Professor at The European Graduate School / EGS
Gayatri Chakravorty Spivak, Professor at The European Graduate School / EGS
Gayatri Chakravorty Spivak (b. 1942 in Calcutta, India) is University Professor at the Department of English and Comparative Literature at Columbia University and a founding member of Columbia’s Institute for Comparative Literature and Society.
A proponent of a “practical deconstructivist–feminist-Marxist position” (as developed in In Other Worlds: Essays in Cultural Politics, 1987) Spivak gained international recognition with her translation and extended introduction of Jacques Derrida’s De la grammatologie (Of Grammatology, 1976).
Spivak received a BA in English from Presidency College, Calcutta (1959), an MA in English (1962) and a PhD (1967) in Comparative Literature from Cornell University (1967). Her dissertation on W.B. Yeats was supervised by Paul de Man and a revised version was published as Myself Must I Remake: The Life and Poetry of W.B. Yeats (1974).
In 1965, Spivak was appointed Assistant Professor in English at the University of Iowa. There, she founded the MFA in Translation in the department of Comparative Literature in 1974 and, one year later, became Full Professor.
Before joining Columbia University in 1991, Spivak taught at numerous universities (including Brown, Université Paul Valery, Jawaharlal Nehru University, Goethe University Frankfurt, Riydah University, Stanford, and Emory, to name but a few) and held the Andrew W. Mellon Professorship of English at the University of Pittsburgh.
Editorial board member of several journals—such as differences, Signs: Journal of Women in Culture and Society, Cultural Critique, and boundary 2—Spivak has published extensively.
“Can the Subaltern Speak?” (1988) is her perhaps best known essay (concluding that “[t]he subaltern cannot speak. There is no virtue in global laundry lists with ‘woman’as a pious item. Representation has not withered away”); some of her earlier books are The Post-Colonial Critic: Interviews, Strategies, Diaogues (edited by Sarah Harasym, 1990), Thinking Academic Freedom in Gendered Post-Coloniality (1992) and Outside in the Teaching Machine (1993).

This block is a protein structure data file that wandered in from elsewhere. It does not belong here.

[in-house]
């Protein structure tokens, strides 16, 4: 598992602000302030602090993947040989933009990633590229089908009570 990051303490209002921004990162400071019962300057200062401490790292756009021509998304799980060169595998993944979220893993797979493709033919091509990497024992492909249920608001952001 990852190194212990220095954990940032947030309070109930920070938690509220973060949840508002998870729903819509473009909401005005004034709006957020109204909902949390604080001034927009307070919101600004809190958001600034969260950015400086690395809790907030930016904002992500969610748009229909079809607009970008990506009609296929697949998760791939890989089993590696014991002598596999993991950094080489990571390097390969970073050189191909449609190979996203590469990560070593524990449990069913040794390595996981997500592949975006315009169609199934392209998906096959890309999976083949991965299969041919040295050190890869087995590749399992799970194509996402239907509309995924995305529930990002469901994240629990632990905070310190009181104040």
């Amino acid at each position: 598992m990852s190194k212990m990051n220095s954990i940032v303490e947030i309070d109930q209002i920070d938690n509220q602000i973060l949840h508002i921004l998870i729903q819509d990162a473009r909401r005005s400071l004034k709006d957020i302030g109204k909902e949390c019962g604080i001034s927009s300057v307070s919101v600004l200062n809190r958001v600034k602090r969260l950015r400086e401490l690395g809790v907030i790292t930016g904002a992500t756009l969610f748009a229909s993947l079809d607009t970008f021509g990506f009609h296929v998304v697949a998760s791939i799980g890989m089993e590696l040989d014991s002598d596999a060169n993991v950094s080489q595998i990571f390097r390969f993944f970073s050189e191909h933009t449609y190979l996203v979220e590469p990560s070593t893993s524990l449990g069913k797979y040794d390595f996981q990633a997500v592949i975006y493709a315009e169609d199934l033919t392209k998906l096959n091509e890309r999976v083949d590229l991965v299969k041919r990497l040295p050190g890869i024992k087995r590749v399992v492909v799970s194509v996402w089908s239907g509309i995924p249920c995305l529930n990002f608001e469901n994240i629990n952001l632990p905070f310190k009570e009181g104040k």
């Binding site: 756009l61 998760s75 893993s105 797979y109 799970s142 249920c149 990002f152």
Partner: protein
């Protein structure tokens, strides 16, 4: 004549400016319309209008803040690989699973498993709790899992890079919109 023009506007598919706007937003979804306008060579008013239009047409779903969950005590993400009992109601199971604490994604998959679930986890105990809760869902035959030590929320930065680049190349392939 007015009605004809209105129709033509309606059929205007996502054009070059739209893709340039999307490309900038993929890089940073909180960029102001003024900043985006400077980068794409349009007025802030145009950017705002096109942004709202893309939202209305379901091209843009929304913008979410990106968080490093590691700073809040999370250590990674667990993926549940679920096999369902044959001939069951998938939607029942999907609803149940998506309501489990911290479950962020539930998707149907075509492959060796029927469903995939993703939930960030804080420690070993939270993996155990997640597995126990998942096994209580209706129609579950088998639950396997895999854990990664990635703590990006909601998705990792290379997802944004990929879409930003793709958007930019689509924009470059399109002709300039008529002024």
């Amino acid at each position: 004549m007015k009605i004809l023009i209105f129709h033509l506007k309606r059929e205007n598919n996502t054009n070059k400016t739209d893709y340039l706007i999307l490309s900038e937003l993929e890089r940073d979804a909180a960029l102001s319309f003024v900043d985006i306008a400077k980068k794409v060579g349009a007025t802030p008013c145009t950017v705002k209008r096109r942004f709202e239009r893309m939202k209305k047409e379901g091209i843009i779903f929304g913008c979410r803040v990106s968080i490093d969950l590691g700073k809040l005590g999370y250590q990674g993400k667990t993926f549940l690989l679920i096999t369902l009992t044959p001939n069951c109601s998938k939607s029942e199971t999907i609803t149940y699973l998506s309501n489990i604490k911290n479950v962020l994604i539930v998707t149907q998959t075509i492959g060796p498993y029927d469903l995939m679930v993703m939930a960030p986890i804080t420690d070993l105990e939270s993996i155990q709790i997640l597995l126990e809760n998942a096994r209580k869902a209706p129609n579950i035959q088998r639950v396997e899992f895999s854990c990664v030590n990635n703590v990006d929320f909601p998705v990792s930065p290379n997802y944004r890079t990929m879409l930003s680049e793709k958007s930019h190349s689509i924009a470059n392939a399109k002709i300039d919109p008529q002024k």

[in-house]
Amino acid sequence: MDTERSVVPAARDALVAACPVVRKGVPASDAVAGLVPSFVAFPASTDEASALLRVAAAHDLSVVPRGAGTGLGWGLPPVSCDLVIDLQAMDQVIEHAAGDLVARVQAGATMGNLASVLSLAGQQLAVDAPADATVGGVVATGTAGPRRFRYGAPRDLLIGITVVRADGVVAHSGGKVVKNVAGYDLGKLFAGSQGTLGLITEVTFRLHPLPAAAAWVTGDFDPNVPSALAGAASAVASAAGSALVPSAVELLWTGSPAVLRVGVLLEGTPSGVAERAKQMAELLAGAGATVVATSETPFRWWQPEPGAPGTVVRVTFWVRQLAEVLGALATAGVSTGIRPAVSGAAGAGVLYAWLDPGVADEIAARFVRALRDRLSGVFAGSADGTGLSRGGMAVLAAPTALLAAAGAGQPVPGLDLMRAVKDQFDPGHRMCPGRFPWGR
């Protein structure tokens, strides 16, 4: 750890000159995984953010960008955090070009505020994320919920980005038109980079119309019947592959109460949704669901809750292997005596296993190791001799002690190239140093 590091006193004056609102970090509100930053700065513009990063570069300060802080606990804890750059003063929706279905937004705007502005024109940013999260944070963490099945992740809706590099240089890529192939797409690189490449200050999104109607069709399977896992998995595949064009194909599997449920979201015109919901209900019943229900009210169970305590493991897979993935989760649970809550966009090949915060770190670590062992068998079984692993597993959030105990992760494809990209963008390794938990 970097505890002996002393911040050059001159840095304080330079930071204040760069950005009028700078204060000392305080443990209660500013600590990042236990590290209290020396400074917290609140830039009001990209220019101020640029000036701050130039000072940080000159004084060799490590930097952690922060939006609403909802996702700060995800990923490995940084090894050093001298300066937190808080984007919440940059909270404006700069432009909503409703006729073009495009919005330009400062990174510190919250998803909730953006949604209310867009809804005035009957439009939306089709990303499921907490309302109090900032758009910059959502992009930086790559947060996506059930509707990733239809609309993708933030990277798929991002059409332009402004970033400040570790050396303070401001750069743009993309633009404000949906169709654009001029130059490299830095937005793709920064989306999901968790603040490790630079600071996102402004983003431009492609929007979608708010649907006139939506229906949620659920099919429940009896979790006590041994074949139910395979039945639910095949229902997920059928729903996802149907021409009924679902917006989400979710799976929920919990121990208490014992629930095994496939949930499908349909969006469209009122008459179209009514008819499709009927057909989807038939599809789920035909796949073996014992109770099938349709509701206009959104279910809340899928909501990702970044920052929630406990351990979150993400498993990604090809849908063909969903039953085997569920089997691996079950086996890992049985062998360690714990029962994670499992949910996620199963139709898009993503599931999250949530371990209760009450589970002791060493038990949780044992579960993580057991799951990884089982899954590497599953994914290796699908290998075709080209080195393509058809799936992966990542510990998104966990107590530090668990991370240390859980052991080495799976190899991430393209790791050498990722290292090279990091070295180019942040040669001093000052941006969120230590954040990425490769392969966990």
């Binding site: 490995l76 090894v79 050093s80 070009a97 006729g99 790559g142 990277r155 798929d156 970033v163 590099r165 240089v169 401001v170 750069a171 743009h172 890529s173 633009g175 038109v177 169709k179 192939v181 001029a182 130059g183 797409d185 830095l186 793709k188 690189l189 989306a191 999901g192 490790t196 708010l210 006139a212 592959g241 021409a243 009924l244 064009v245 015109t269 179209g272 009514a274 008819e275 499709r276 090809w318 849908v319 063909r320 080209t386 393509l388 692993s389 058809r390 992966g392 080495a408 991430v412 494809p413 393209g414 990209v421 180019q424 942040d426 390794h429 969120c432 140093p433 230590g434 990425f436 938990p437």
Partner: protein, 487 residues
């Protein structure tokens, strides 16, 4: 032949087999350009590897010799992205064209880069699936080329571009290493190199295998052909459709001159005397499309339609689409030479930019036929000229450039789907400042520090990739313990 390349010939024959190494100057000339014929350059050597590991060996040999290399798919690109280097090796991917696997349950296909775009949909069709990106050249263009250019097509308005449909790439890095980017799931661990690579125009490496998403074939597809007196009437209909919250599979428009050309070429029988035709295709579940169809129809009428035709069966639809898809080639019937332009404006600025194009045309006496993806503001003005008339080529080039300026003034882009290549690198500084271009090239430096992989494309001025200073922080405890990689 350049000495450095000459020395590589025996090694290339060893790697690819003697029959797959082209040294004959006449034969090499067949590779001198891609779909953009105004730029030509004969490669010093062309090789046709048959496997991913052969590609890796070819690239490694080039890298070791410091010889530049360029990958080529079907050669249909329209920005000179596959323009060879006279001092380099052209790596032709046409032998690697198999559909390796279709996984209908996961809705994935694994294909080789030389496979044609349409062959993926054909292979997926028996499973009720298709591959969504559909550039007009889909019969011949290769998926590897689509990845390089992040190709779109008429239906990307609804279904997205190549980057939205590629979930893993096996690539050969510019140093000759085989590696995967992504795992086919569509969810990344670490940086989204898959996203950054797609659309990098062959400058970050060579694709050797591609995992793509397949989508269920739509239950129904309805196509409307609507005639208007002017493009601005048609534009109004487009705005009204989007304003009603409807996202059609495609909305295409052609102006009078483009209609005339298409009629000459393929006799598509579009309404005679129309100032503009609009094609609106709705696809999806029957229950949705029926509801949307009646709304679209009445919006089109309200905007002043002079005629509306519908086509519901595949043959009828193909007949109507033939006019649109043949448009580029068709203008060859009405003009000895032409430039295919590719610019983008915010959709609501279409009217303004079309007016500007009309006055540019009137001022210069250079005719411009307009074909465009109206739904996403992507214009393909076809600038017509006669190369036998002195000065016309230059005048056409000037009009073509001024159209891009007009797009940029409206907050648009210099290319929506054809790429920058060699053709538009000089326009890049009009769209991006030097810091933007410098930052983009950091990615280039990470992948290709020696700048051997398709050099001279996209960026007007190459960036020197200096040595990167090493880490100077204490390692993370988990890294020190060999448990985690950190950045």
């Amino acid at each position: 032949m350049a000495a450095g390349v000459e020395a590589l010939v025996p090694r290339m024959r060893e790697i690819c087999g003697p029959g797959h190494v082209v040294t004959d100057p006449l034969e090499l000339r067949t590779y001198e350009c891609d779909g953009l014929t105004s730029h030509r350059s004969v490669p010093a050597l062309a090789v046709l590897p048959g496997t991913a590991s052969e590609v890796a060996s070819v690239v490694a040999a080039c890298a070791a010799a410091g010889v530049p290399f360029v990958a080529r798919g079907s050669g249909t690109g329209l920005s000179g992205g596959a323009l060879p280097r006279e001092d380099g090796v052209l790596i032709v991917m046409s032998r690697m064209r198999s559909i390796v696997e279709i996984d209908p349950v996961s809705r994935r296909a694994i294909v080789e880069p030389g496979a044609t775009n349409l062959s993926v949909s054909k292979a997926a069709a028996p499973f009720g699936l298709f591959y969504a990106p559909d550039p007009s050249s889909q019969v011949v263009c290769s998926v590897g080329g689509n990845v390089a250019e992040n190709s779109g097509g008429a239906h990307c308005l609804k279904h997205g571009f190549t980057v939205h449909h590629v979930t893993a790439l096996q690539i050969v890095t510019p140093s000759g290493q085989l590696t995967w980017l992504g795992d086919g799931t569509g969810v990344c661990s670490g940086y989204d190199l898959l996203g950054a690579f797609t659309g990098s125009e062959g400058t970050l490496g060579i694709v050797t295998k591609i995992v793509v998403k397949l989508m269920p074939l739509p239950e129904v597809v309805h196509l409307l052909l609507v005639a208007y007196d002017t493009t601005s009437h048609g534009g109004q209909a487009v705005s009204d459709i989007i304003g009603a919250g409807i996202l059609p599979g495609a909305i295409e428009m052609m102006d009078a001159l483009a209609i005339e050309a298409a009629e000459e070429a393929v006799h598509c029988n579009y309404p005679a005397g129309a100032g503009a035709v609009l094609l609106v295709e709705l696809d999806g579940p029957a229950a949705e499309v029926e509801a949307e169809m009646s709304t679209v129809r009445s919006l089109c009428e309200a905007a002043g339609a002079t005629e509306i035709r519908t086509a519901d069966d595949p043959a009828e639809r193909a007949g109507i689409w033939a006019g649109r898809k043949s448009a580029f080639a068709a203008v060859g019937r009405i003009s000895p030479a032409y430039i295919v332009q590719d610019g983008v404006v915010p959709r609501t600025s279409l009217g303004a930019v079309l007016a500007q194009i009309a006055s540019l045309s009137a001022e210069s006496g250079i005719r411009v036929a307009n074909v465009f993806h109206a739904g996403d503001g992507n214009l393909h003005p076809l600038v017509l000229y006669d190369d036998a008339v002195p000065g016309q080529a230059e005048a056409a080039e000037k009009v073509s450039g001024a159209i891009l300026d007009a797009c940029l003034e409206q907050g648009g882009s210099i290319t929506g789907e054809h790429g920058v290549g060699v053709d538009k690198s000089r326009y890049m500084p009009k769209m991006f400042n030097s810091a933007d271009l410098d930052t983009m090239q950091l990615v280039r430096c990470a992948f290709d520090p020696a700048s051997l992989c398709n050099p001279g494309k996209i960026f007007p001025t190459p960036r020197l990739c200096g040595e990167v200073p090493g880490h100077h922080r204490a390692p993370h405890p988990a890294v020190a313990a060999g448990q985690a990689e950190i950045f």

Critique of Postcolonial Reason: Towards a History of the Vanishing Present (1999) is considered to be Spivak’s “first full treatment of postcolonial studies, a field that she helped define[…] It ranges from Kant’s analytic of the sublime to child labor in Bangladesh. Throughout, the notion of a Third World interloper as the pure victim of a colonialist oppressor emerges as sharply suspect: the mud we sling at certain seemingly overbearing ancestors such as Marx and Kant may be the very ground we stand on. A major critical work, Spivak’s book redefines and repositions the postcolonial critic, leading her through transnational cultural studies into considerations of globality.”
Other books include Death of a Discipline (2003), Other Asias (2008), An Aesthetic Education in the Age of Globalization (2012), Readings (2014), and Du Bois and the General Strike (forthcoming); among her more recent articles are “General Strike” (2012), “Crimes of Identity” (2014), “Our World” (2014).
Spivak is the recipient of a Guggenheim Fellowship and of a Tagore Fellowship at Maharaja Sayajirao University of Baroda, as well as of numerous other prestigious fellowships from institutions such as the Rockefeller Foundation, the Humanities Research Center at the Australian National University, the Center for the Study of Social Sciences (Calcutta), or the Davis Center for Historical Studies (Princeton).
She was awarded numerous honorary doctorates, among others from the University of Toronto, Universitat Rovira I Virgili, Rabindra Bharati, Universidad Nacional de San Martin, University of St. Andrews, Paris VIII, Yale University, University of Ghana-Legon or Universidad de Chile (2016).
Spivak received a Lifetime Scholarly Achievement from the Modern Language Association of America (2018), the Kyoto Prize in Arts and Philosophy (2012) and the Padma Bhushan, awarded by the Republic of India (2013).
The translator of several works from Mahasweta Devi, Ramprasad Sen and Aimé Césaire, she received a translation award by Sahitya Akadami, the Indian National Academy of Letters (1997).
A member of the “Subaltern Studies Collective”, Spivak has been an educator and activist in social movements for over 30 years. With a donation from Lore Metzger, Spivak in 1997 created the Pares Chandra and Sivani Chakravorty Memorial Foundation for Rural Education.